So here I am 6 years later, and I’ve requested a neurology appointment. The good news is that after much campaigning by the MDC and service users in the south west region, the NHS has reinstituted the neuromuscular clinics. The South West Neuromuscular Network has been set up.

The symptoms that have prompted me to try again, are

1/ the continued problems with upper-mid back, neck and shoulders, which are getting worse. Eleven years on from my first request to see a neuro, and I’m still waiting for them to address this problem!

2/ The start of what appears to be something akin to trigeminal neuralgia. Facial pain, numbness, and headaches.

3/ Further problems with vertigo, tinnitus and hearing loss, probably due to deterioration of my good right ear.

4/ Hip pain and upper leg weakness which has not fully resolved over the years.

5/ And difficulty in maintaining any form of exercise schedule due to continual problems caused by exercise, ie sudden weakness and sensation loss specific to the exercise. My respiratory nurse specialist has suggested I bring this up, as he has suggested further respiratory rehab sessions, but I cannot maintain them becasue of the problems HNPP gives me. Generally I would like to start some coordinated therapy which is on-going and able to adapt to my needs. Mostly, what is offered are 6 week courses, or 6 week sessions of physiotherapy, and then there is very little follow up. I need more continuity than that, something which will build over a period of time, and which is flexible enough to cope with my ever changing conditions.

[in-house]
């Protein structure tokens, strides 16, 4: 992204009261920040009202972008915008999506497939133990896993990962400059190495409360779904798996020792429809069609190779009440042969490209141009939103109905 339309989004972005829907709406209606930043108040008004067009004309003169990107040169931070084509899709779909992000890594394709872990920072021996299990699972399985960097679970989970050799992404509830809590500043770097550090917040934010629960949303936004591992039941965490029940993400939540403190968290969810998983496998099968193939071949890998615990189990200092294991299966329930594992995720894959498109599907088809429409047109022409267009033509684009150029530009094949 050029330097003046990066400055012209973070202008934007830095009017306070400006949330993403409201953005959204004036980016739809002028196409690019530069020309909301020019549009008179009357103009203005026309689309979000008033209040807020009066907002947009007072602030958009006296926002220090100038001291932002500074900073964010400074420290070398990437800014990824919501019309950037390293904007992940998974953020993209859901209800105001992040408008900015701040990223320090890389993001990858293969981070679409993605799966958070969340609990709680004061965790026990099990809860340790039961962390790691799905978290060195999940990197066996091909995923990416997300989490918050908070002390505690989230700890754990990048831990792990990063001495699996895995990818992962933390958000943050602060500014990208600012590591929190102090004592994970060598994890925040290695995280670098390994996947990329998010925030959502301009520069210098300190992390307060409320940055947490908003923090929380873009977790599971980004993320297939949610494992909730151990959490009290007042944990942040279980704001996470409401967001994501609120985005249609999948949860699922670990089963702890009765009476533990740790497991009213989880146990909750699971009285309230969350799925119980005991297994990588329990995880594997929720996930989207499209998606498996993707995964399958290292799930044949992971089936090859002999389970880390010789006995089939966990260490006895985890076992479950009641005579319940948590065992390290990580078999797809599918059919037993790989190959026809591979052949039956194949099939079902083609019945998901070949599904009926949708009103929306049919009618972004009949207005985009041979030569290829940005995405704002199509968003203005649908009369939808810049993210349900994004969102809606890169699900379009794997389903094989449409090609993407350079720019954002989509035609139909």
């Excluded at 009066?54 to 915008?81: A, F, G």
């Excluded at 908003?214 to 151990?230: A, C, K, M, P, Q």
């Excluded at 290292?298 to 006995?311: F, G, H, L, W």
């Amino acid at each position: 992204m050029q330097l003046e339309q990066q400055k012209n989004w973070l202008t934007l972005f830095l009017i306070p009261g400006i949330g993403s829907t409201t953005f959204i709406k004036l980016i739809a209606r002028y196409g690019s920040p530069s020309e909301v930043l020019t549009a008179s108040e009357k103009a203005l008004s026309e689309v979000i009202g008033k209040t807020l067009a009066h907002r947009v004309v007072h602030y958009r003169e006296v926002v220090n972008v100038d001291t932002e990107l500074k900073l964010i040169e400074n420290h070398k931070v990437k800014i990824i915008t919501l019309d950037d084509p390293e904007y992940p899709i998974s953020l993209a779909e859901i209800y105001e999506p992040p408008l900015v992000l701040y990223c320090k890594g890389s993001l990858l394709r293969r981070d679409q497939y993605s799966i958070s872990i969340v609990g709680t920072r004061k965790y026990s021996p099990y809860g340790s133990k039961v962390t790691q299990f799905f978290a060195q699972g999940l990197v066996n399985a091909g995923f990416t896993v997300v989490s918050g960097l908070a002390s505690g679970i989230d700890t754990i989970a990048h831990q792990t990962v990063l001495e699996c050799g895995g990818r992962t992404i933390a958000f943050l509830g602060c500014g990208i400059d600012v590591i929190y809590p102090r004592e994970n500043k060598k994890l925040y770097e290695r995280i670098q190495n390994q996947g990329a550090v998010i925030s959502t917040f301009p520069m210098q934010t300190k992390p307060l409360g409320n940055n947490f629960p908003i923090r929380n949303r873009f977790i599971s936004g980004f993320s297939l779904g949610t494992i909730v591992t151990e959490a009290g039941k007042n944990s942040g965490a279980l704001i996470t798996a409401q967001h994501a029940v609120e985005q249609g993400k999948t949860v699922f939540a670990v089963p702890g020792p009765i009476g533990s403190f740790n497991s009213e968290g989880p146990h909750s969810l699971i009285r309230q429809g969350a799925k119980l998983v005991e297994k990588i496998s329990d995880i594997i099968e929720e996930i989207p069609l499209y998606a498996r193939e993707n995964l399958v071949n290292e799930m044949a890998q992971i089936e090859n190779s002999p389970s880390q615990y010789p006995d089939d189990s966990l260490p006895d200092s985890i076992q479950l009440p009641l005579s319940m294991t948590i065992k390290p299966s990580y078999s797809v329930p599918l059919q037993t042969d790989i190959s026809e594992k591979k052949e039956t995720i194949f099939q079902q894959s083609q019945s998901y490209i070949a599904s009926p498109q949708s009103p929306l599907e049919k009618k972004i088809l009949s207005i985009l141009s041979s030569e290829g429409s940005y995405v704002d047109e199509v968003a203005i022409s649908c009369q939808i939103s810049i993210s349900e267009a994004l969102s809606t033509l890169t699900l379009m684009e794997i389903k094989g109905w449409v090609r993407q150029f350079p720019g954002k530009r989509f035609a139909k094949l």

Tomorrow is N.Day…


4 thoughts on “Tomorrow is….

  1. good luck Jon…..I do believe I have seen your doctor….Mr Neuroknowitall, or poss his brother, Neurothinksheknowsitall, or even cousin, Mr Neurothinksheknowsitallmyar*e….will be thinkin of you xxx Ali(StH-UK)

    • Thx Alison. Yeah, there’s lots of them around, the NeuroKnowitall family… (I really wanted to use a more expletive ridden term, but thought better of it..)

  2. Hello Jon,

    I have a friend who is 15 weeks pregnant & has recently been told her baby has HNPP with a deletion level of 1.3MB. She is naturally struggling with trying to understand what this might mean for her child.

    Do you know what the measurment of your HNPP is? I guess we are looking for an idea of what the symptoms would be for this type of measurement.

    We have been told that the measurment of HNPP can have a measurment in the deletion of chromasone 17, of up to 20, so 1.3 Mb deletion seems like a low measurment.

    Can you help at all? even if it’s with any other links or blogs other than the standard site for

    Thank you so very much for sharing your story, & strength & light to you with your journey.


    • Hi Kim,